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Trayvon Martin effect: School lifts ban on hoodies

A Delaware high school will allow students to wear hoodies Friday as part of a demonstration for Trayvon Martin. Who wears hoodies today and why?

A young man wears a hoodie and a scarf with the likeness of Trayvon Martin during a "One Thousand Hoodies March for Trayvon Martin" event Thursday, March 29, 2012 at the University of Minnesota campus in Minneapolis.

AP Photo/The Star Tribune, Renee Jones Schneider)

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 The William Penn High School will change the school dress code – for one day – to allow students to wear hoodies.

Students at the New Castle, Del., school will be allowed to wear hooded sweat shirts to school on Friday. The students have planned a silent demonstration in support of the campaign for justice in the case of the killing of Florida teenager Trayvon Martin. Principal Jeffrey Menzer granted a request from a student leader who asked that a school policy banning hoodies be lifted for one day so students could join a national call for justice, the Associated Press reports.

Colonial School District Superintendent Dorothy Linn called the hoodie demonstration a teachable moment but cautioned students to conduct themselves properly.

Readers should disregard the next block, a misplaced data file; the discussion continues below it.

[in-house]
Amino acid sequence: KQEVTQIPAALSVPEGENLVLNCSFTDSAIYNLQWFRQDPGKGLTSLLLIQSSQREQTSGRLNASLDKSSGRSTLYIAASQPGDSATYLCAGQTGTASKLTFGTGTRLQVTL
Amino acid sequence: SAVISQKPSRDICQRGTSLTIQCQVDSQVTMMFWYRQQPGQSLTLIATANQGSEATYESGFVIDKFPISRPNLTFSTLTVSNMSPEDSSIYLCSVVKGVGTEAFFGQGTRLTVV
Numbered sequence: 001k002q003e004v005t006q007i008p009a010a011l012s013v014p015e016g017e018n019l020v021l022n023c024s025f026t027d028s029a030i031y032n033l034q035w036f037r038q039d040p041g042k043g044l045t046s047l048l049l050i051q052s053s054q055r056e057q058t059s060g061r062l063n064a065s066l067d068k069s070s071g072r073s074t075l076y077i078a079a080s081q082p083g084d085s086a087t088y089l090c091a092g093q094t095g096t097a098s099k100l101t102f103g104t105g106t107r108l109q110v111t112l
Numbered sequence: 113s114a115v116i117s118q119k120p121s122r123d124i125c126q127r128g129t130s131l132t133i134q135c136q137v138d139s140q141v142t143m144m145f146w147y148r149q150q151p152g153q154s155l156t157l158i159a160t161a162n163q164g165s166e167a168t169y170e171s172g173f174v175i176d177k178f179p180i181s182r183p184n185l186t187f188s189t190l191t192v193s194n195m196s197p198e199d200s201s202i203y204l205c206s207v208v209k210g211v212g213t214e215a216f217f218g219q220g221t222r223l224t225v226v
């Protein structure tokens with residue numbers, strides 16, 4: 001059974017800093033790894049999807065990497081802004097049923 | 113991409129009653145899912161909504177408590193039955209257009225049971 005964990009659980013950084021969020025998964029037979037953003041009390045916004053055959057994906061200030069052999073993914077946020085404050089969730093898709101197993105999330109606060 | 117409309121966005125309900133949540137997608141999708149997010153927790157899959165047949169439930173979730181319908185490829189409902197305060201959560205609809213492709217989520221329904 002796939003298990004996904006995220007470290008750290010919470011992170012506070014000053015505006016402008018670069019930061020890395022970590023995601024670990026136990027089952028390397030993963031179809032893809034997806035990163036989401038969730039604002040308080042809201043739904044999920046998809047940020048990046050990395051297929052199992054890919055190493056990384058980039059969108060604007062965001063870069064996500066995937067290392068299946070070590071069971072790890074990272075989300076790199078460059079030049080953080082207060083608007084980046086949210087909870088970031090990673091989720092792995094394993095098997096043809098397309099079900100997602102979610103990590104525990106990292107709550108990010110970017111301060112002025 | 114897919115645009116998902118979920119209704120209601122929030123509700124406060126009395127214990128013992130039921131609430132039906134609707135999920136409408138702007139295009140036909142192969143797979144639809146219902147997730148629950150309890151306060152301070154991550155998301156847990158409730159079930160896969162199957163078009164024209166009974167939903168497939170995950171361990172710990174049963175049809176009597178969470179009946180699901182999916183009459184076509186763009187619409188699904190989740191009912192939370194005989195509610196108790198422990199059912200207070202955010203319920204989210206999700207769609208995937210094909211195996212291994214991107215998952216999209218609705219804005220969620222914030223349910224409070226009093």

Martin was fatally shot Feb. 26 in a confrontation with neighborhood watch volunteer George Zimmerman, who told police he thought Martin, who had the hood of his sweat shirt pulled over his head, looked suspicious.

Across the country, supporters of the Martin family campaign for justice have staged "hoodie" marches. In Minneapolis on Thursday, some 5,500 people turned out for a "hoodie march," reports the Star Tribune. Legislators have donned hoodies to show their solidarity - and to protest what some call racial profiling. Fox TV personality Geraldo Rivera won notoriety last week when he said the hoodie was as much a factor in Trayvon Martin's death as George Zimmerman. Rivera later apologized on Twitter.


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